Water Issues, the Supreme Court, and How It Will Affect Your Portfolio

By Nick Hodge
Should utilities be required to use the best available technology in order to minimize harm to the nation’s waterways?
Most people with half a brain would answer that question affirmatively. But apparently the upper reaches of our judicial system don’t fall into that category.
So today the U.S. Supreme Court will hear a case that a five-year-old could decide in seconds.
It centers around the impact utilities have on waterways near power plants that use billions of gallons of water each and every day–all of it sucked up from our rivers and lakes.
You see, power plants–coal-fired, natural gas, and nuclear–all use incredible amounts of water for cooling. The total comes to more than 214 BILLION gallons of water each day, or tens of trillions of gallons every year.
And here’s what makes the correct decision here patently obvious: the cooling process kills every living organism in the water–fish, larvae, eggs, microorganisms–all of it.
Now, this court case isn’t going to have any financial implications for us as investors; I’ll get to some water-related investment ideas in a few moments.
First, let me just outline the facts of this case so we can all have a good chuckle, and reminisce about the Bush decision of yore, which will shortly be no more.

Facts of the case, as derived from an NPR story this morning:
* The utilities say installing the best technology is too expensive
* The Bush administration adopted a rule that would allow utilities to get a variance from the Environmental Protection Agency if they can show that the cost of complying is greater than the environmental benefits.
* Environmentalists contend that Congress specifically rejected the cost-benefit approach because Congress itself concluded the costs were worth the benefits to the environment.
*Opponents also say a case-by-case cost-benefit analysis would be too prone to manipulation.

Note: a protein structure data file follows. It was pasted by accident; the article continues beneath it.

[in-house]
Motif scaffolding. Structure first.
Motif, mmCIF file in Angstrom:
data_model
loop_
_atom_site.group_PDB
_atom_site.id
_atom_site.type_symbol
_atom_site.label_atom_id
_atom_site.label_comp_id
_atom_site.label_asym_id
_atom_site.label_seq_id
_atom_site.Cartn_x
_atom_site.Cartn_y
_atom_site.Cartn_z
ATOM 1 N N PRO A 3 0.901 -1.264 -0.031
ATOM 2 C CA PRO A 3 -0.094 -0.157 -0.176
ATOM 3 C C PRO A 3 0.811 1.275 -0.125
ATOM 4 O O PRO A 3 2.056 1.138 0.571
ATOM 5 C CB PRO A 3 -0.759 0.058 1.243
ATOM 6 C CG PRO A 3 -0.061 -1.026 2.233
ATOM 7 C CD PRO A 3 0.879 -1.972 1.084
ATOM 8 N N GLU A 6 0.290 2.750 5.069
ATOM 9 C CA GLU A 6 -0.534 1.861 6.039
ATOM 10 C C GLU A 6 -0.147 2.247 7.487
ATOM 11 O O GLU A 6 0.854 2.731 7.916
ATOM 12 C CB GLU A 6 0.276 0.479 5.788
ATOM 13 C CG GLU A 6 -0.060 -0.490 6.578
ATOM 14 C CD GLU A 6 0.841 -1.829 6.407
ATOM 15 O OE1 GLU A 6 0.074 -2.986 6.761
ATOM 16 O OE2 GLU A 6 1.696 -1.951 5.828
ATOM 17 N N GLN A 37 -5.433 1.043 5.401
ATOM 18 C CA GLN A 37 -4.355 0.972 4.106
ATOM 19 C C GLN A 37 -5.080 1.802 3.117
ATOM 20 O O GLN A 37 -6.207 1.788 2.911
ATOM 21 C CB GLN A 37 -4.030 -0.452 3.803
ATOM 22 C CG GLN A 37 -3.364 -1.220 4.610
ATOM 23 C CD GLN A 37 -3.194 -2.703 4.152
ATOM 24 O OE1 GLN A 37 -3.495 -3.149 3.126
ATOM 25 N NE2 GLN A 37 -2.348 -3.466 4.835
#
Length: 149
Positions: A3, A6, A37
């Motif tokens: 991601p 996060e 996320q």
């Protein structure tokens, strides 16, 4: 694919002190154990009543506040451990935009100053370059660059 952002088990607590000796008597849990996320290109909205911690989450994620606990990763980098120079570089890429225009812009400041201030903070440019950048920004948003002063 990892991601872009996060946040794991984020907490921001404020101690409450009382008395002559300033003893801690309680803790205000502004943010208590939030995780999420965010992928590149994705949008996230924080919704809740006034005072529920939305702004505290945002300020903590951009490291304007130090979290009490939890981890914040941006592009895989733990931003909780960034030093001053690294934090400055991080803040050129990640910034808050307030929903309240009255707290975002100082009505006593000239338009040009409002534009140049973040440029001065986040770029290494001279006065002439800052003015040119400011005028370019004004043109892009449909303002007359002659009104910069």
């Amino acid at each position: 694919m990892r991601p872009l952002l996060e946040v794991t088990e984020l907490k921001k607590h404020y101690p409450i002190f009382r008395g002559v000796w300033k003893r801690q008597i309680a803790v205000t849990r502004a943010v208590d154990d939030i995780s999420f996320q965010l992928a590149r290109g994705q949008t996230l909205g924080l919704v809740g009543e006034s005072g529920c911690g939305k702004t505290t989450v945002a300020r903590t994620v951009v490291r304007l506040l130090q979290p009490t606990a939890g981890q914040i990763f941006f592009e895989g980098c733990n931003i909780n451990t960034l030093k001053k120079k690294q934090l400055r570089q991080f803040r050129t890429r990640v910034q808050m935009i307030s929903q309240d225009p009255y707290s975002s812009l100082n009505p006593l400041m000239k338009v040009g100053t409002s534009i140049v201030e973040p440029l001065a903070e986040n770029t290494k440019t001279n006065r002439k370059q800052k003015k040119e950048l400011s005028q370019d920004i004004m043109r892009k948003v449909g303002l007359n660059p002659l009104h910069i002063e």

So to summarize, very briefly, Congress enacted the Clean Water Act to protect, well, water. The utilities say it’s too expensive to protect the water, so they shouldn’t have to do it.
Brilliant. Get the Supreme Court on the line. The utilities aren’t happy about something. Please note: the utilities lost in the lower courts, but, not surprisingly, the Bush-approved conservative Supreme Court has decided to hear the appeal.
We’ll see this case again soon, probably after mid-January sometime. Let’s just hope the Supremers don’t set a precedent that’s too idiotic in the meantime.
Water and Energy Investments
As I said, the fatuous case described so far isn’t going to make us any money as investors. But it does bring to light three points that I want to make clear:
* Our (the world’s) water problems aren’t going away, and they certainly aren’t going to solve themselves
* Water and energy are inextricably connected, and we need to start treating them as such
* The solutions to water, energy, and water and energy problems offer a substantial profit opportunity for savvy investors
We all know about the first bullet up there. For a refresher course, check here and here.
For an explanation of the bond between water and energy, follow this link to learn about the energy water nexus.
Here are a few more bullets that clarify the connection: